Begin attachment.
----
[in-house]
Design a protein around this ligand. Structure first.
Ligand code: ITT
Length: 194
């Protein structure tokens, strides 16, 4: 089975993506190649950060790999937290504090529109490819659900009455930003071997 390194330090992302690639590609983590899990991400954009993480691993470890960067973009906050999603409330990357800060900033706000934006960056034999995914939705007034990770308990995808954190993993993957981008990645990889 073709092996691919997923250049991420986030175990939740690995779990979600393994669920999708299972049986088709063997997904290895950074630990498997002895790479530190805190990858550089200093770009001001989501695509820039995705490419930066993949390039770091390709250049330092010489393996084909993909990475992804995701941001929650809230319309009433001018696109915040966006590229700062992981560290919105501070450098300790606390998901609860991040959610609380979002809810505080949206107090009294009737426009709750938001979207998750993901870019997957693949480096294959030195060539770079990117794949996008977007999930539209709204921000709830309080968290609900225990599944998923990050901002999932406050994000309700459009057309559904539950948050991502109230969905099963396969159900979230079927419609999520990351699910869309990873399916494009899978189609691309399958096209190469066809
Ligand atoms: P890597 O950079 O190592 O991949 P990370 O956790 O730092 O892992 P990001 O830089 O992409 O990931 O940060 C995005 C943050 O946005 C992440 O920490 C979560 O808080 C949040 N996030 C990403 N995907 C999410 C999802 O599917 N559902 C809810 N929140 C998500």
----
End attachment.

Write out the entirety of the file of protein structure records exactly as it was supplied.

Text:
[in-house]
Design a protein around this ligand. Structure first.
Ligand code: ITT
Length: 194
């Protein structure tokens, strides 16, 4: 089975993506190649950060790999937290504090529109490819659900009455930003071997 390194330090992302690639590609983590899990991400954009993480691993470890960067973009906050999603409330990357800060900033706000934006960056034999995914939705007034990770308990995808954190993993993957981008990645990889 073709092996691919997923250049991420986030175990939740690995779990979600393994669920999708299972049986088709063997997904290895950074630990498997002895790479530190805190990858550089200093770009001001989501695509820039995705490419930066993949390039770091390709250049330092010489393996084909993909990475992804995701941001929650809230319309009433001018696109915040966006590229700062992981560290919105501070450098300790606390998901609860991040959610609380979002809810505080949206107090009294009737426009709750938001979207998750993901870019997957693949480096294959030195060539770079990117794949996008977007999930539209709204921000709830309080968290609900225990599944998923990050901002999932406050994000309700459009057309559904539950948050991502109230969905099963396969159900979230079927419609999520990351699910869309990873399916494009899978189609691309399958096209190469066809
Ligand atoms: P890597 O950079 O190592 O991949 P990370 O956790 O730092 O892992 P990001 O830089 O992409 O990931 O940060 C995005 C943050 O946005 C992440 O920490 C979560 O808080 C949040 N996030 C990403 N995907 C999410 C999802 O599917 N559902 C809810 N929140 C998500």